No ... not rating Curious ... just asking if he would have plenty of players to play with as he improves.
TTW is the only way we can get a rating down here, but I like your belief in @Curious :) At 55 I imagine it would be hard to jump a level like that, when I watch videos of 4.0 and then 4.5's it seems like a world of difference. Personally I just want to beat the people I play with.
 
This hasn't come up from simple admiration of his forehand or trying to copy a pro forehand just to look cool or whatever. I have been thinking, watching and studying this shot for months now. I love it and I truely believe this is the ultimate forehand, a perfect throwing motion of the racket at the ball, nice and loose also explosive. In the end every one uses SW or W grip, poly strings, similar rackets etc but no one can hit like him.
Anyway, you may think it's not even remotely similar. I know, it doesn't look very similar, as yet! But the feel and the impact it gives to the ball is similar. I can spot the similarities and the differences. But I want to see first what you think. This is work in progress and I'm definitely determined to get the hang of it fully. The shirt was just a coincidence!

Notice how that Rafa style works so much better on the dropping ball? Imo that is part of why he plays so deep. I thought you did a nice job with it btw.
 
Anyway here is some more footage from yesterday for you to see more differences between my fh and Rafa's!


A couple of observations from my perspective.

There are a few differences between what you are trying to emulate, and what you are doing.

1) initial position of the racquet: you are exaggerating it too much: in the slow motion in several places it is so extreme that the face of the racquet is turned up to 60% towards the sky. You are literally almost putting the racquet on your shoulder. Too deep to produce subsequent smooth motion afterwards. Watch how Nadal's racquet head mostly faces the back fence before it starts dropping. You cannot do that , because taking it too far inside your shoulder you then need to "get it out of there" so to speak. That is breaking the initial rhythm of your stroke.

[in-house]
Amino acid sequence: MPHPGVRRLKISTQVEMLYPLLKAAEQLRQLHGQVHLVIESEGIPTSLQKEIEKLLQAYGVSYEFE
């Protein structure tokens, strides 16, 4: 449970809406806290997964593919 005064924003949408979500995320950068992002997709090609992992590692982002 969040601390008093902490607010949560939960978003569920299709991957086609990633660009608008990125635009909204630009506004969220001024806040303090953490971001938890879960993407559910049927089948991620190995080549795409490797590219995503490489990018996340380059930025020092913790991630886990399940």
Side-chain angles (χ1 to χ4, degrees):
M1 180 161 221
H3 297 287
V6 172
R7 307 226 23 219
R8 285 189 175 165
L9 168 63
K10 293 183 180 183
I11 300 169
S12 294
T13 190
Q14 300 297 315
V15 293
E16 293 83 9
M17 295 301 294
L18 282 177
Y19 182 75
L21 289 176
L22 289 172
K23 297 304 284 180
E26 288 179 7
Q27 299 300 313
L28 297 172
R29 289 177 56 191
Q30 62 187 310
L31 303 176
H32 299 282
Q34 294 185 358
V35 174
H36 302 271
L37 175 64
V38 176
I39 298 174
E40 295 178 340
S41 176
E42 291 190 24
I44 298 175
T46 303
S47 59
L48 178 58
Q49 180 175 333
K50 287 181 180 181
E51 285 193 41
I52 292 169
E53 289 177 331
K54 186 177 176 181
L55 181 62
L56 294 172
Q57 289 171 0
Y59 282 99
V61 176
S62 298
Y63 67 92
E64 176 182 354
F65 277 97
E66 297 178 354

2) from 1), since you need to correct the initial position of the racquet, you start actively using your arm in order to start moving the racquet around, which causes you to try to guide the racquet too much. Basically you move it to its low position: there is almost no "drop" due to gravity, which again interrupts the flow to the next phase of the stroke, and also robs you of some acceleration of the racquet head. Your arm and wrist are not relaxed (if they were you couldn't get the racquet out of that initial "wrong" position) and you "forget" to relax them once you get the racquet in a good position to drop by itself

3) once the racquet is in that low position, and because you don't have enough shoulder turn, you try to get some more take back by, again, forcefully moving the racquet backwards, which effectively loses you all the energy that you managed to store in the racquet up to that point. That is why you are exaggerating your take back: to get enough power on the stroke. The problems here are two: your hand is too involved in controlling where the racquet is going, which stiffens the arm, and at the same time your forearm doesn't have the natural extension caused by the shoulder turn forward. Basically your shoulder is leading while you are trying to extend your arm further back (or at best your arm and shoulder are completely locked in one position while the shoulder is moving forward) which prevents you from having an uninterrupted stoke with good storing and transfer of the racquet head speed. You are arming the ball instead of throwing the racquet into it, so to speak. This must be tiring after a while, or you have unnaturally strong arm and shoulder to be able to do that for a long time.